Social Media Dos & Don'ts: Endorsements


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Presented by Michael B. Schiffer, counsel at Frankfurt Kurnit Klein & Selz, on April 12, 2012 at "Social Media Dos & Don'ts: Legal Compliance You Will 'Like." Held at EisnerAmper and organized by the New York Technology Council.

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Social Media Dos & Don'ts: Endorsements

  1. 1. SOCIAL MEDIA LEGAL DO’S& DON’TS - ENDORSEMENTSPresented at NY Technology Council Event April 12, 2012 Michael B. Schiffer
  2. 2. Section 5 of the FTC Act• Prohibits “unfair or deceptive acts or practices”
  3. 3. The FTC Endorsement Guides• Updated in 2009, in part, to address new media• Endorsements = “Any advertising message . . . that consumers are likely to believe represents the opinions, beliefs, findings, or experiences of a party other than the sponsoring advertiser . . .”• Celebrity, expert or regular folks like us• They are all about credibility
  4. 4. Endorsements – Material Connections• Connections between the endorser and the advertiser, which might materially affect the weight or credibility of the endorsement, should be clearly and conspicuously disclosed• Connections that are “not reasonably expected by the audience”• Does the consumer understand the relationship between the endorser and the advertiser?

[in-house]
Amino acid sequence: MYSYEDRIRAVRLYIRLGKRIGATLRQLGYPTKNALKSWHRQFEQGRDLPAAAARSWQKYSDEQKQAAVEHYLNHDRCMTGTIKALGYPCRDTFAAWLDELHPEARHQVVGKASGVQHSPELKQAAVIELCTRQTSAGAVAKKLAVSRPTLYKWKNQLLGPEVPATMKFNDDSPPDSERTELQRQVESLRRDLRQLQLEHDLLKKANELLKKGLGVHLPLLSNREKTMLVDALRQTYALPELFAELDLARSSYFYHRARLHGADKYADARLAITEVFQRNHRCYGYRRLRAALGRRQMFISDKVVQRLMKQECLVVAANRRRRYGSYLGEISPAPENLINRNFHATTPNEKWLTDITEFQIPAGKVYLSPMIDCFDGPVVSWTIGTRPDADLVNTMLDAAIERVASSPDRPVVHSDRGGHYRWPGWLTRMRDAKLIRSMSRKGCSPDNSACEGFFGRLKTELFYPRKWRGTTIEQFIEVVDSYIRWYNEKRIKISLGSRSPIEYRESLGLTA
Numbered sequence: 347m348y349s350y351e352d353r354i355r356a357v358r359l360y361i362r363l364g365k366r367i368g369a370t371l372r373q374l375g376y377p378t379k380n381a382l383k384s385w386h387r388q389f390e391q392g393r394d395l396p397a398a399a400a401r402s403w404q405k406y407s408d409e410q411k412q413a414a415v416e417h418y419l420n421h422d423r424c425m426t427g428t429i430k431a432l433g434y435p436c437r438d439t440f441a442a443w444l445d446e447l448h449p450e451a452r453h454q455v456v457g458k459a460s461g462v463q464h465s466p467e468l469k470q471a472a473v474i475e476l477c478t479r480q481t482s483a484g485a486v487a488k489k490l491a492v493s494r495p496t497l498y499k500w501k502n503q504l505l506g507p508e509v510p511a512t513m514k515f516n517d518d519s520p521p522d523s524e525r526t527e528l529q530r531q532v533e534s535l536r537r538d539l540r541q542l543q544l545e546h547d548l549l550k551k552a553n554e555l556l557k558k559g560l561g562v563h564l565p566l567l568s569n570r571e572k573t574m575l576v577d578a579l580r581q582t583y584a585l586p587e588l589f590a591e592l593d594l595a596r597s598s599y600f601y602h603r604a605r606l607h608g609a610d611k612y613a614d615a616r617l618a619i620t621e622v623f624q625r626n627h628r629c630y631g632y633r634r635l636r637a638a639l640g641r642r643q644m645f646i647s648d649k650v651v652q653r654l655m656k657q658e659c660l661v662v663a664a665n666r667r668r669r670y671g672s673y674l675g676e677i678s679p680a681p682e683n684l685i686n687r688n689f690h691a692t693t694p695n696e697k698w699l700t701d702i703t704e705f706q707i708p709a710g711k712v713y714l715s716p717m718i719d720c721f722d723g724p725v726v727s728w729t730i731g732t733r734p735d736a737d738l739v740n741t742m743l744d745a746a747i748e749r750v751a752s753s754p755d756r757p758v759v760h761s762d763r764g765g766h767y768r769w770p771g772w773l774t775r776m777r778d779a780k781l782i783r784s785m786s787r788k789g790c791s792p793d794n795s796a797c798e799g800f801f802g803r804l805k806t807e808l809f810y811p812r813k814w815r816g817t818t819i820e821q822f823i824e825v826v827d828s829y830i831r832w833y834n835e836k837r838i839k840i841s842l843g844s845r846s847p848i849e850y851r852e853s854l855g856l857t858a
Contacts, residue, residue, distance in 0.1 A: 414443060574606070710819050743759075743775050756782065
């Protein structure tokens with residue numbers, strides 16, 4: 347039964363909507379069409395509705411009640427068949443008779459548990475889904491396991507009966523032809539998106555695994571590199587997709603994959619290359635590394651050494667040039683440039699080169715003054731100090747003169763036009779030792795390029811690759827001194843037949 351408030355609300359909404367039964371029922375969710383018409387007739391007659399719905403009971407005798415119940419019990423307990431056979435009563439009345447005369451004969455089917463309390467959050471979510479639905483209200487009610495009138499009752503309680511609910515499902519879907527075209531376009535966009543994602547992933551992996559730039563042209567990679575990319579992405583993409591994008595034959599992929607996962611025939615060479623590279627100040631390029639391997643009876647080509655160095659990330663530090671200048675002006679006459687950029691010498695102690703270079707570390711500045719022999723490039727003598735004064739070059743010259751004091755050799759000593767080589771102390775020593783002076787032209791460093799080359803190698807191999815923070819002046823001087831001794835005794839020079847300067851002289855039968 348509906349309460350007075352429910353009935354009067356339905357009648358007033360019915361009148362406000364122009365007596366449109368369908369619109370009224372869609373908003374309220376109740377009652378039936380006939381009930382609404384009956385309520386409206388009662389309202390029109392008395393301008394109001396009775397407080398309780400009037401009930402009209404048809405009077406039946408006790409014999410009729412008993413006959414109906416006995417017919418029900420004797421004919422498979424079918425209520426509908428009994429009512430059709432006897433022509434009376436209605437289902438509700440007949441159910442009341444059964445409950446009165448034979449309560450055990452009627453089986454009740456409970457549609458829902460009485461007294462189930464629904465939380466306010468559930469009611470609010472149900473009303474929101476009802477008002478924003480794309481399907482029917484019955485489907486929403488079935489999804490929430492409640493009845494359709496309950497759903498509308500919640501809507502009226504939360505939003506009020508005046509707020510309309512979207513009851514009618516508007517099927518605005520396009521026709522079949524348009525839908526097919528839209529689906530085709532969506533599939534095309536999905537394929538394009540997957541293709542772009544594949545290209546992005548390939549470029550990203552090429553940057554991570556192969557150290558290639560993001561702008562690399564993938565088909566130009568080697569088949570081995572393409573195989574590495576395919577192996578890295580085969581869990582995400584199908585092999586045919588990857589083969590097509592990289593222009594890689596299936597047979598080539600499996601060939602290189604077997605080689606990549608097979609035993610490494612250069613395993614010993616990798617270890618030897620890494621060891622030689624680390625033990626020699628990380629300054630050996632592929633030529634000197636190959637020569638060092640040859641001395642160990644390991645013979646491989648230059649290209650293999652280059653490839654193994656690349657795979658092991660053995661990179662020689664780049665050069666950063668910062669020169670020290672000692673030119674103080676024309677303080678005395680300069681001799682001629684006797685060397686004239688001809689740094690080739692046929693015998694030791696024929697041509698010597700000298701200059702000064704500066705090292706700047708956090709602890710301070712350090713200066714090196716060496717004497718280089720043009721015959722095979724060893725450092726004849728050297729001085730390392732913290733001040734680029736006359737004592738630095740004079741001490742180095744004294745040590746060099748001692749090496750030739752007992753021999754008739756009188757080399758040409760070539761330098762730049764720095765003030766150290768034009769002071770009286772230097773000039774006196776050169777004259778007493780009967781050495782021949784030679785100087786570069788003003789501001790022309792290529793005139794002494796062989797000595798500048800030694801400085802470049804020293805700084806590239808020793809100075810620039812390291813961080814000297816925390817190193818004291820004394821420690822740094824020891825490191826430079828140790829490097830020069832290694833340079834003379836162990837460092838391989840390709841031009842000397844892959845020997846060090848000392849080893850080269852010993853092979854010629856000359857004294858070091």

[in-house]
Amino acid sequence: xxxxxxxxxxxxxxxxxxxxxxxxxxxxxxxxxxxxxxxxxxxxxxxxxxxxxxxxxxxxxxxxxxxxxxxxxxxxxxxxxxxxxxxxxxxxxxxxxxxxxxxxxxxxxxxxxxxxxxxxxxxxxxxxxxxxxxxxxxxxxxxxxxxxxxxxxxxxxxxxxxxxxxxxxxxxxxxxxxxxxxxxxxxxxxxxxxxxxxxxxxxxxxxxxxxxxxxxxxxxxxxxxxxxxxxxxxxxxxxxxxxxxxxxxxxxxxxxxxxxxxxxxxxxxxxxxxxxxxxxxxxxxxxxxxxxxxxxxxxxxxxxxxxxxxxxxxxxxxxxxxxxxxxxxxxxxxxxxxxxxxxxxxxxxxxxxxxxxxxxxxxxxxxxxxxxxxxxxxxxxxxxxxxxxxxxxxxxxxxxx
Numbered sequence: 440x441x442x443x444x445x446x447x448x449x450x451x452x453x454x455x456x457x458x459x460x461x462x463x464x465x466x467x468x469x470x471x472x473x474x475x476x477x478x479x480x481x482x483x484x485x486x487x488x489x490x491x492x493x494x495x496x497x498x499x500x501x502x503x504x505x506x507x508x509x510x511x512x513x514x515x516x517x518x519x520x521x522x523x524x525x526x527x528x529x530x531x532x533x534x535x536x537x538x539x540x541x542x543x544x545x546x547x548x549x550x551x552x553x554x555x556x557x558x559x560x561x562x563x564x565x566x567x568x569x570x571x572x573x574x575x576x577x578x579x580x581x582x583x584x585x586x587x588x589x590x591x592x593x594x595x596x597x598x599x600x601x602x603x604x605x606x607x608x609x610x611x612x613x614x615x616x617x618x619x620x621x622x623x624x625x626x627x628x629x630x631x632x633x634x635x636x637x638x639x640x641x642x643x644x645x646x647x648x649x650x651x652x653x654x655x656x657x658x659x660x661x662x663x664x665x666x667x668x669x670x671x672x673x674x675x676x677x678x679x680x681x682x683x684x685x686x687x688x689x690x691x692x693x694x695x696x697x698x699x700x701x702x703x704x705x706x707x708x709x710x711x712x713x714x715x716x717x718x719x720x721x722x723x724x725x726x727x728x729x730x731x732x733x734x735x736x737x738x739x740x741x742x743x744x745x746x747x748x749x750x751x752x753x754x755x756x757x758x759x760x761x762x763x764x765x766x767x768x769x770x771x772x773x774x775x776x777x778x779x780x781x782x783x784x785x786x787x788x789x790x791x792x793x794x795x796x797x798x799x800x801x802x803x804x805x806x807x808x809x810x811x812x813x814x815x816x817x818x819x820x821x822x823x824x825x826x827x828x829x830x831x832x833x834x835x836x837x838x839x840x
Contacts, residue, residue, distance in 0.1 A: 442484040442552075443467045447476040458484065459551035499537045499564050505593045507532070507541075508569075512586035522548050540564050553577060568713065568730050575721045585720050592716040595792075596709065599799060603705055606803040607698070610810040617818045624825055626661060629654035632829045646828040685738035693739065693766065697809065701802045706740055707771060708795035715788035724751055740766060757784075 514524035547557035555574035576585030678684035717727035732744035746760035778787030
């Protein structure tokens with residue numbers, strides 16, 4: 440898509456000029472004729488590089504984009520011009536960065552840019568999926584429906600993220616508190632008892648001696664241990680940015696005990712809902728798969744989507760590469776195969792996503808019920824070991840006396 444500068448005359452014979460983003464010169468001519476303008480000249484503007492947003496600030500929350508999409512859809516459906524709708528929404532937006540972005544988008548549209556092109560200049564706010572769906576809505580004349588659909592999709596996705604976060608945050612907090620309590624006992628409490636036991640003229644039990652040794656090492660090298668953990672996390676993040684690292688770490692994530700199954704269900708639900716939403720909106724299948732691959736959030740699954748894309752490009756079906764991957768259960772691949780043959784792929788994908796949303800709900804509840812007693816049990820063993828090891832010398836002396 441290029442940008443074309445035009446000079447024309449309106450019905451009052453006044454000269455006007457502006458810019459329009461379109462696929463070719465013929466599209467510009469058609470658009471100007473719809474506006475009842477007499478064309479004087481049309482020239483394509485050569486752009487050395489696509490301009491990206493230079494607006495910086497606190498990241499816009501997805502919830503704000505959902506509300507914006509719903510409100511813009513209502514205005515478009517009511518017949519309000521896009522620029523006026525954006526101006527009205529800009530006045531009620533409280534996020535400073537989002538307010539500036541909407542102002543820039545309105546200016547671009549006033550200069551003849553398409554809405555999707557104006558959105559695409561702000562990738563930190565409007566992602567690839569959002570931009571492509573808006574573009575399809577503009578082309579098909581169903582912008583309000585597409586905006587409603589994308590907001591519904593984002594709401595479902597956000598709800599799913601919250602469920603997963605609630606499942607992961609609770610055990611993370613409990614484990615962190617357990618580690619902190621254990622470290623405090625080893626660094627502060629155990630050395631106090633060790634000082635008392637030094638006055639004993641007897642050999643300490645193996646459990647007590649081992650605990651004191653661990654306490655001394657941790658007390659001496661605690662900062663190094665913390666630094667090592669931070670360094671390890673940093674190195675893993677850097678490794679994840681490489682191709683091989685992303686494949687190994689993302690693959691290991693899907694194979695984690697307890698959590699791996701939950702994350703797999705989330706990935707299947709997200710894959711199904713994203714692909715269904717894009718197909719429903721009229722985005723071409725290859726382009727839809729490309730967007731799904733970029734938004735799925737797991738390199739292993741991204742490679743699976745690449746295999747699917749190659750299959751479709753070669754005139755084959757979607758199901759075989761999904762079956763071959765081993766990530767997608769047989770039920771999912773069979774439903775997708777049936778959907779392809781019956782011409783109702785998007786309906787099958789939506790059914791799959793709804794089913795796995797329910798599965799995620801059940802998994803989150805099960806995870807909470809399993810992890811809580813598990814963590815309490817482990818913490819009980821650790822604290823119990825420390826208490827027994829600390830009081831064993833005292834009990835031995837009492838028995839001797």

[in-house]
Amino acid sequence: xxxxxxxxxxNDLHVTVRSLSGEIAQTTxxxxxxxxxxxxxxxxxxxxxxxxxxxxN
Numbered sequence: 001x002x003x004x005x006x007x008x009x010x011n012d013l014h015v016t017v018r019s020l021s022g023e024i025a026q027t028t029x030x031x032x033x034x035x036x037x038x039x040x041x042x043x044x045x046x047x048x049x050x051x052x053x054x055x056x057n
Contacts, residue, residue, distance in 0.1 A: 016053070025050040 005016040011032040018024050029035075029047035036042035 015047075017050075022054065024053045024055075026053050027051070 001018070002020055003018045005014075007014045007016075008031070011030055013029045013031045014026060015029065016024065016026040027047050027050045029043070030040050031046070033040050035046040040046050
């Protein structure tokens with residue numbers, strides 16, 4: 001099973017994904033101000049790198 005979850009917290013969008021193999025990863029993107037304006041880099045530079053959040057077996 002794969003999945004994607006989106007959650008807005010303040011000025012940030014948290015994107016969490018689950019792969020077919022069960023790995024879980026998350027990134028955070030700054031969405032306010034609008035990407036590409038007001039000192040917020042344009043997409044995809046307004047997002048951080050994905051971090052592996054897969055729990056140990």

5. 5. Old Media Sony Pictures• Sony employees, posing as consumers, were used to promote the movie• Not disclosed• Consent decrees with Connecticut and Oregon (2002)
  6. 6. New York v. Lifestyle Lift• NYAG alleged that Lifestyle Lift published anonymous fake positive reviews and created fake consumer websites• The reviews appeared to be from actual consumers• Consent order with $300k penalty (2009)
  7. 7. Email of the DayTo: Lazy EmployeeFrom: Your Boss_______________________________________ “Friday is going to be a slow day - I need you to devote the day to doing more postings on the web as a satisfied client.”
  8. 8. FTC v. Reverb• FTC charges PR agency with posing as ordinary consumers and posting reviews on the iTunes store – “Amazing new game” – “ONE of the BEST”• Agency was hired by video game developers• FTC says that the agency should have disclosed that it was paid to post the reviews• Consent order (2010)
  9. 9. FTC v. Ann Taylor• “Exclusive blogger preview” event for the LOFT Summer 2010 Collection• Offered gifts to bloggers to attend• Offered gift cards (worth between $50-500) to all bloggers who posted content about the event within 24 hours
  10. 10. ESRP V. HCG
  11. 11. ERSP v. HCG cont.• ERSP also challenged claims on what appeared to be independent social media sites• Posts linked to the HCG website• ERSP said that the advertiser is responsible for the false claims
  12. 12. “simply because the marketer did not knowabout a consumer making a particular claim, it is not somehow absolved from responsibility about the accuracy of the claims” -- ERSP
  13. 13. How to Disclose Connection:• How do you effectively disclose the connection in emerging media?• Are the principles workable for text messages, Twitter, etc.?• Ad hoc disclosures
  14. 14. Who’s Watching?• FTC, competitors, other regulators, consumers
  15. 15. Questions? Michael B. Schiffer CounselFrankfurt Kurnit Klein & Selz 212-705-4827